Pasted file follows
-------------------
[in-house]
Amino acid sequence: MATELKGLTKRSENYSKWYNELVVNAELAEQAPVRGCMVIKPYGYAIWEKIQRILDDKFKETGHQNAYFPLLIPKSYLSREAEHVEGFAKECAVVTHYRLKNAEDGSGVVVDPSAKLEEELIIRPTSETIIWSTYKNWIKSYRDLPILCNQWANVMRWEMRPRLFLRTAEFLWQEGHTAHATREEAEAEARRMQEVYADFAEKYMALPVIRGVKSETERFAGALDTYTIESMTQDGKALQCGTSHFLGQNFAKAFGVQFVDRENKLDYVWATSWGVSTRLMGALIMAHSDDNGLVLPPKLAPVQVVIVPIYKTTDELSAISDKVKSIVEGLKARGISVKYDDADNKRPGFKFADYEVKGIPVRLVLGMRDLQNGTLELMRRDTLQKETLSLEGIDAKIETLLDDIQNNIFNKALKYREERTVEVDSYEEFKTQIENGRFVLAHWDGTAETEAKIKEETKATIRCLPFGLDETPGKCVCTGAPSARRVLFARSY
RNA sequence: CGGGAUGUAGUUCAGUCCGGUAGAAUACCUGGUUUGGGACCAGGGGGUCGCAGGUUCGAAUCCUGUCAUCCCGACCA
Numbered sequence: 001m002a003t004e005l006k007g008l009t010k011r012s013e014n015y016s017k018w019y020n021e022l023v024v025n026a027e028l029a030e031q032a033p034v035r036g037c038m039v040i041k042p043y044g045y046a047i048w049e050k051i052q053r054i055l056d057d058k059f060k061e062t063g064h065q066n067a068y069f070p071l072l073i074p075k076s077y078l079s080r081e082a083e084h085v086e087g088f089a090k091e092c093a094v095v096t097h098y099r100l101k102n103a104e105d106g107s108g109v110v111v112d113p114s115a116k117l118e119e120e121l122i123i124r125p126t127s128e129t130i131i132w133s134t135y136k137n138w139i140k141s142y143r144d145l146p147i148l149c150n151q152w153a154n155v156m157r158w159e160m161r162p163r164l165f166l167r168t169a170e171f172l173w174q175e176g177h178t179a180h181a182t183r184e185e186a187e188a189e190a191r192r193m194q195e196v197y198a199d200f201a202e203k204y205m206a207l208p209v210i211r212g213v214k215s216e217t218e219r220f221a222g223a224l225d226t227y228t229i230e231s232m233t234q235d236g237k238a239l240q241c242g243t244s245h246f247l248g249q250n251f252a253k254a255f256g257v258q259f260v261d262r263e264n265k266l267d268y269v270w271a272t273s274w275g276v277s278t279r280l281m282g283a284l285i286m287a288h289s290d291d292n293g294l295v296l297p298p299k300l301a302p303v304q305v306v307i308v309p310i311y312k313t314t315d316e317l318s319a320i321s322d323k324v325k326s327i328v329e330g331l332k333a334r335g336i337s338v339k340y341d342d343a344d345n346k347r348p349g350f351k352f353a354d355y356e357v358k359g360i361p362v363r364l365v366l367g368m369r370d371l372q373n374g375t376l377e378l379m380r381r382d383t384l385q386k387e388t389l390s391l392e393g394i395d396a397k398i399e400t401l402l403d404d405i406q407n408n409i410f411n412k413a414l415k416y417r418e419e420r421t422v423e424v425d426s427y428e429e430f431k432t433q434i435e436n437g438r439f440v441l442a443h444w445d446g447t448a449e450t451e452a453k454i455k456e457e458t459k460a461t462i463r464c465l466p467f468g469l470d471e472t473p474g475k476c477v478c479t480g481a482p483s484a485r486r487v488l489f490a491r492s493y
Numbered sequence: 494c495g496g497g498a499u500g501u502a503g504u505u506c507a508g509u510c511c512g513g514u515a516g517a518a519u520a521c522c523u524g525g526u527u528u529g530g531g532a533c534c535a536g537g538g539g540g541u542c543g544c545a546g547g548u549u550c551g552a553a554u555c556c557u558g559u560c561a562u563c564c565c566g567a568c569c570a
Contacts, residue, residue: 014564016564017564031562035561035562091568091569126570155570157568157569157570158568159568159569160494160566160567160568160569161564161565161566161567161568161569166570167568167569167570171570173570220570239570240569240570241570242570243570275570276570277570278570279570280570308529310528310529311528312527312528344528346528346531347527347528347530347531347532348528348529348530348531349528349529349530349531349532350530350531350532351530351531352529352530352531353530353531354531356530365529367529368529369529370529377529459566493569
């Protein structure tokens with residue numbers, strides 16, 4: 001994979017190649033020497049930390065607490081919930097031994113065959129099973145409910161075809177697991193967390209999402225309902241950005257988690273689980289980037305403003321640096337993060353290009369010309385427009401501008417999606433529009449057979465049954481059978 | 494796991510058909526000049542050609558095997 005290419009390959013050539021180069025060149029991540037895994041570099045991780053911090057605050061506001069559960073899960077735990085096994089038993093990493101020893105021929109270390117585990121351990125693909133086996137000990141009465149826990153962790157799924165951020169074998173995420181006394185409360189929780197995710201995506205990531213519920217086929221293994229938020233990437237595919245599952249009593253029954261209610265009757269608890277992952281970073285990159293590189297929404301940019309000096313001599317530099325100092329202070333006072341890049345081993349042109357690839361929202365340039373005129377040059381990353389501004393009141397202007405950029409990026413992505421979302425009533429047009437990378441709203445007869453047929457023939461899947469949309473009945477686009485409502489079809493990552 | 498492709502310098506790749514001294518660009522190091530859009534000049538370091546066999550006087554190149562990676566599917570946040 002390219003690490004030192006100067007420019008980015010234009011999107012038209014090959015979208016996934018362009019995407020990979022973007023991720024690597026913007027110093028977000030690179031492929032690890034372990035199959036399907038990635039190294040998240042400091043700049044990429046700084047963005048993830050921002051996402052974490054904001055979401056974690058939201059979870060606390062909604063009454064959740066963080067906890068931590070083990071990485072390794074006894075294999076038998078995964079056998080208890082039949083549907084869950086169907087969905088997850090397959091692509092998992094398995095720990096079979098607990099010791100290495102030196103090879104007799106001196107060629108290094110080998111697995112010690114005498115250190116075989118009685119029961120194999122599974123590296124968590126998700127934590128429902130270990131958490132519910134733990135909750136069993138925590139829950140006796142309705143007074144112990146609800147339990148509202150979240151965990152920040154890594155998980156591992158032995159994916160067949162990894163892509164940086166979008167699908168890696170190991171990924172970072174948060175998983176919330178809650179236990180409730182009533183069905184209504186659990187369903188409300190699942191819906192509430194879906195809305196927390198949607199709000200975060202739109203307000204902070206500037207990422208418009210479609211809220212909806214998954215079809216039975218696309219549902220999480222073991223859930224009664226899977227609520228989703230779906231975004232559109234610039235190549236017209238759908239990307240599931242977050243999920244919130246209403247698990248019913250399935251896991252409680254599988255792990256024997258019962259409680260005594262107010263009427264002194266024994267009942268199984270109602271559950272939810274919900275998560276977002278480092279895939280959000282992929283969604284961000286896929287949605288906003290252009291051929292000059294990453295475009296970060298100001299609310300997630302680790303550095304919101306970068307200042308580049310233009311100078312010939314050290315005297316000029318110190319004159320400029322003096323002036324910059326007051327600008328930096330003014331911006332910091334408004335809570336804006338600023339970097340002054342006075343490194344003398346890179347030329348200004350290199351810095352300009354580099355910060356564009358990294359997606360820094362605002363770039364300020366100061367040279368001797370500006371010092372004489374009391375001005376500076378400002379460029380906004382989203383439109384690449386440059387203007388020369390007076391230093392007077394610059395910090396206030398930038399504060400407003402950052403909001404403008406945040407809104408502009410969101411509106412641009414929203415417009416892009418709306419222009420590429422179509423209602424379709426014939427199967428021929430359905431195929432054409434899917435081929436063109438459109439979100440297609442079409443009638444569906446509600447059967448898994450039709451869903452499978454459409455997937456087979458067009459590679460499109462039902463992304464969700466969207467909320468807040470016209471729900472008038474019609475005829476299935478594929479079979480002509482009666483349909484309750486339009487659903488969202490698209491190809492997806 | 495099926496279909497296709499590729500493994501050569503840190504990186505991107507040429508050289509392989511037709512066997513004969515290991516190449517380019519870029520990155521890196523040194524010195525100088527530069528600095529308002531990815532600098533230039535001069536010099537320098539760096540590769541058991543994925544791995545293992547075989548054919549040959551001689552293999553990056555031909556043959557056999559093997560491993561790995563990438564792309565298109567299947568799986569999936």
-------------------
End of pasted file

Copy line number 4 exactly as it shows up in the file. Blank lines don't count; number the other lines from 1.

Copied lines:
Numbered sequence: 001m002a003t004e005l006k007g008l009t010k011r012s013e014n015y016s017k018w019y020n021e022l023v024v025n026a027e028l029a030e031q032a033p034v035r036g037c038m039v040i041k042p043y044g045y046a047i048w049e050k051i052q053r054i055l056d057d058k059f060k061e062t063g064h065q066n067a068y069f070p071l072l073i074p075k076s077y078l079s080r081e082a083e084h085v086e087g088f089a090k091e092c093a094v095v096t097h098y099r100l101k102n103a104e105d106g107s108g109v110v111v112d113p114s115a116k117l118e119e120e121l122i123i124r125p126t127s128e129t130i131i132w133s134t135y136k137n138w139i140k141s142y143r144d145l146p147i148l149c150n151q152w153a154n155v156m157r158w159e160m161r162p163r164l165f166l167r168t169a170e171f172l173w174q175e176g177h178t179a180h181a182t183r184e185e186a187e188a189e190a191r192r193m194q195e196v197y198a199d200f201a202e203k204y205m206a207l208p209v210i211r212g213v214k215s216e217t218e219r220f221a222g223a224l225d226t227y228t229i230e231s232m233t234q235d236g237k238a239l240q241c242g243t244s245h246f247l248g249q250n251f252a253k254a255f256g257v258q259f260v261d262r263e264n265k266l267d268y269v270w271a272t273s274w275g276v277s278t279r280l281m282g283a284l285i286m287a288h289s290d291d292n293g294l295v296l297p298p299k300l301a302p303v304q305v306v307i308v309p310i311y312k313t314t315d316e317l318s319a320i321s322d323k324v325k326s327i328v329e330g331l332k333a334r335g336i337s338v339k340y341d342d343a344d345n346k347r348p349g350f351k352f353a354d355y356e357v358k359g360i361p362v363r364l365v366l367g368m369r370d371l372q373n374g375t376l377e378l379m380r381r382d383t384l385q386k387e388t389l390s391l392e393g394i395d396a397k398i399e400t401l402l403d404d405i406q407n408n409i410f411n412k413a414l415k416y417r418e419e420r421t422v423e424v425d426s427y428e429e430f431k432t433q434i435e436n437g438r439f440v441l442a443h444w445d446g447t448a449e450t451e452a453k454i455k456e457e458t459k460a461t462i463r464c465l466p467f468g469l470d471e472t473p474g475k476c477v478c479t480g481a482p483s484a485r486r487v488l489f490a491r492s493y